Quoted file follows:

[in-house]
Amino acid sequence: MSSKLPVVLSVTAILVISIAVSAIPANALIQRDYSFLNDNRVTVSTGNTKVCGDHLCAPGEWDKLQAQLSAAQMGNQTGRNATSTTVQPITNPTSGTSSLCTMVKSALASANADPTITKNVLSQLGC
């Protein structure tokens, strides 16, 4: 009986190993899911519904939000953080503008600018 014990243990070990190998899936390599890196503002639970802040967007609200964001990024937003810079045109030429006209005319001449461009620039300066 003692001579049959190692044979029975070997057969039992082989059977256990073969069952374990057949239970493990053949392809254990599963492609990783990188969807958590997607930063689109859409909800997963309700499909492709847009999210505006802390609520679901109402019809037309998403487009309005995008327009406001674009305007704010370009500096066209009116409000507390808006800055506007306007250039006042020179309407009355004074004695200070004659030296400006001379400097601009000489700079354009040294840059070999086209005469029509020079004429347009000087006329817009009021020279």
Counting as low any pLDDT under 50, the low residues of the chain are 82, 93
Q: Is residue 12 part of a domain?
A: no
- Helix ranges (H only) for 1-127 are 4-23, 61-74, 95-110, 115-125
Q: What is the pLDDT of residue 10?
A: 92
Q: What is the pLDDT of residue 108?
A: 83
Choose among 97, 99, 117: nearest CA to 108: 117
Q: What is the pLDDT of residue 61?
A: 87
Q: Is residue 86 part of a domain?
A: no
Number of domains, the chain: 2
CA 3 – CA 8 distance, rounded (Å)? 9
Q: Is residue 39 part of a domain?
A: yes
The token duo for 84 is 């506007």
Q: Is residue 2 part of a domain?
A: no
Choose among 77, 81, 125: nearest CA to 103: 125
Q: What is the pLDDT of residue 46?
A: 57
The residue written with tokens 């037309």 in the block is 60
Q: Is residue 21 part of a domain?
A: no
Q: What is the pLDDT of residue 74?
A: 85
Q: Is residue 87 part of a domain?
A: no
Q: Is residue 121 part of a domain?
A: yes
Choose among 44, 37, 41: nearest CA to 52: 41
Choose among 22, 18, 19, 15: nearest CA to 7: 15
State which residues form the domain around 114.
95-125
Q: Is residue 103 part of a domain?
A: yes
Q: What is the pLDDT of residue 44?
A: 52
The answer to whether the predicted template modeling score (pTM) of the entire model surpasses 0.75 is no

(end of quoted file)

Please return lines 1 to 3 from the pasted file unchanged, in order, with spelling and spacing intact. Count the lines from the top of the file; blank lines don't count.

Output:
[in-house]
Amino acid sequence: MSSKLPVVLSVTAILVISIAVSAIPANALIQRDYSFLNDNRVTVSTGNTKVCGDHLCAPGEWDKLQAQLSAAQMGNQTGRNATSTTVQPITNPTSGTSSLCTMVKSALASANADPTITKNVLSQLGC
């Protein structure tokens, strides 16, 4: 009986190993899911519904939000953080503008600018 014990243990070990190998899936390599890196503002639970802040967007609200964001990024937003810079045109030429006209005319001449461009620039300066 003692001579049959190692044979029975070997057969039992082989059977256990073969069952374990057949239970493990053949392809254990599963492609990783990188969807958590997607930063689109859409909800997963309700499909492709847009999210505006802390609520679901109402019809037309998403487009309005995008327009406001674009305007704010370009500096066209009116409000507390808006800055506007306007250039006042020179309407009355004074004695200070004659030296400006001379400097601009000489700079354009040294840059070999086209005469029509020079004429347009000087006329817009009021020279």